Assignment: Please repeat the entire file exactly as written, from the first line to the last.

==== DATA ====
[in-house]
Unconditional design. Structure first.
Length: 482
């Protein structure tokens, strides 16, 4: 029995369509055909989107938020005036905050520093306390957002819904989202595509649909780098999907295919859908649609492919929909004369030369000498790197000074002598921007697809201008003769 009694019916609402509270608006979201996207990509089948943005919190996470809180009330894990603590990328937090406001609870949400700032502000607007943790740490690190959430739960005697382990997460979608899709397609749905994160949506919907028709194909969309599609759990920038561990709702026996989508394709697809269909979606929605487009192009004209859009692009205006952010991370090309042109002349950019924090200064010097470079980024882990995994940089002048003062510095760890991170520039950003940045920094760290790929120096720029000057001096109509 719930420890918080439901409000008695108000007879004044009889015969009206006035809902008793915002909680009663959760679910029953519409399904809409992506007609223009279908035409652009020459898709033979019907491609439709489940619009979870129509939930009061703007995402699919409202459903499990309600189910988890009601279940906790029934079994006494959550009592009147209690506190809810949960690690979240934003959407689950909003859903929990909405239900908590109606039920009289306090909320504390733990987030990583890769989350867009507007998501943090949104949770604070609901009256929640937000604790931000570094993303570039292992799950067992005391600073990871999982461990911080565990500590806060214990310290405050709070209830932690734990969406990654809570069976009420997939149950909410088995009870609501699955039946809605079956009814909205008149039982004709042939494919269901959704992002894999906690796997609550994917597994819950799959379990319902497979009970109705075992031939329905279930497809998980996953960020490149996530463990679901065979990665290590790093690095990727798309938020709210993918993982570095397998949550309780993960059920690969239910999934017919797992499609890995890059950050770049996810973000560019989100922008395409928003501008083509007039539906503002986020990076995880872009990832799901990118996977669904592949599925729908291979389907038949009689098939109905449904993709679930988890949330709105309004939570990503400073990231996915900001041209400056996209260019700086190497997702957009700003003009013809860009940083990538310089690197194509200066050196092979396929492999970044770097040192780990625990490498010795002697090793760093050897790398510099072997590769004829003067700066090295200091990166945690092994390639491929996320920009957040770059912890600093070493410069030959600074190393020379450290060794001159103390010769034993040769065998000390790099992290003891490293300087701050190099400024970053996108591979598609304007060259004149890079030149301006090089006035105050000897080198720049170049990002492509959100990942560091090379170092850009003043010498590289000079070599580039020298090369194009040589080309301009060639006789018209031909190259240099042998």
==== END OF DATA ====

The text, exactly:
[in-house]
Unconditional design. Structure first.
Length: 482
């Protein structure tokens, strides 16, 4: 029995369509055909989107938020005036905050520093306390957002819904989202595509649909780098999907295919859908649609492919929909004369030369000498790197000074002598921007697809201008003769 009694019916609402509270608006979201996207990509089948943005919190996470809180009330894990603590990328937090406001609870949400700032502000607007943790740490690190959430739960005697382990997460979608899709397609749905994160949506919907028709194909969309599609759990920038561990709702026996989508394709697809269909979606929605487009192009004209859009692009205006952010991370090309042109002349950019924090200064010097470079980024882990995994940089002048003062510095760890991170520039950003940045920094760290790929120096720029000057001096109509 719930420890918080439901409000008695108000007879004044009889015969009206006035809902008793915002909680009663959760679910029953519409399904809409992506007609223009279908035409652009020459898709033979019907491609439709489940619009979870129509939930009061703007995402699919409202459903499990309600189910988890009601279940906790029934079994006494959550009592009147209690506190809810949960690690979240934003959407689950909003859903929990909405239900908590109606039920009289306090909320504390733990987030990583890769989350867009507007998501943090949104949770604070609901009256929640937000604790931000570094993303570039292992799950067992005391600073990871999982461990911080565990500590806060214990310290405050709070209830932690734990969406990654809570069976009420997939149950909410088995009870609501699955039946809605079956009814909205008149039982004709042939494919269901959704992002894999906690796997609550994917597994819950799959379990319902497979009970109705075992031939329905279930497809998980996953960020490149996530463990679901065979990665290590790093690095990727798309938020709210993918993982570095397998949550309780993960059920690969239910999934017919797992499609890995890059950050770049996810973000560019989100922008395409928003501008083509007039539906503002986020990076995880872009990832799901990118996977669904592949599925729908291979389907038949009689098939109905449904993709679930988890949330709105309004939570990503400073990231996915900001041209400056996209260019700086190497997702957009700003003009013809860009940083990538310089690197194509200066050196092979396929492999970044770097040192780990625990490498010795002697090793760093050897790398510099072997590769004829003067700066090295200091990166945690092994390639491929996320920009957040770059912890600093070493410069030959600074190393020379450290060794001159103390010769034993040769065998000390790099992290003891490293300087701050190099400024970053996108591979598609304007060259004149890079030149301006090089006035105050000897080198720049170049990002492509959100990942560091090379170092850009003043010498590289000079070599580039020298090369194009040589080309301009060639006789018209031909190259240099042998």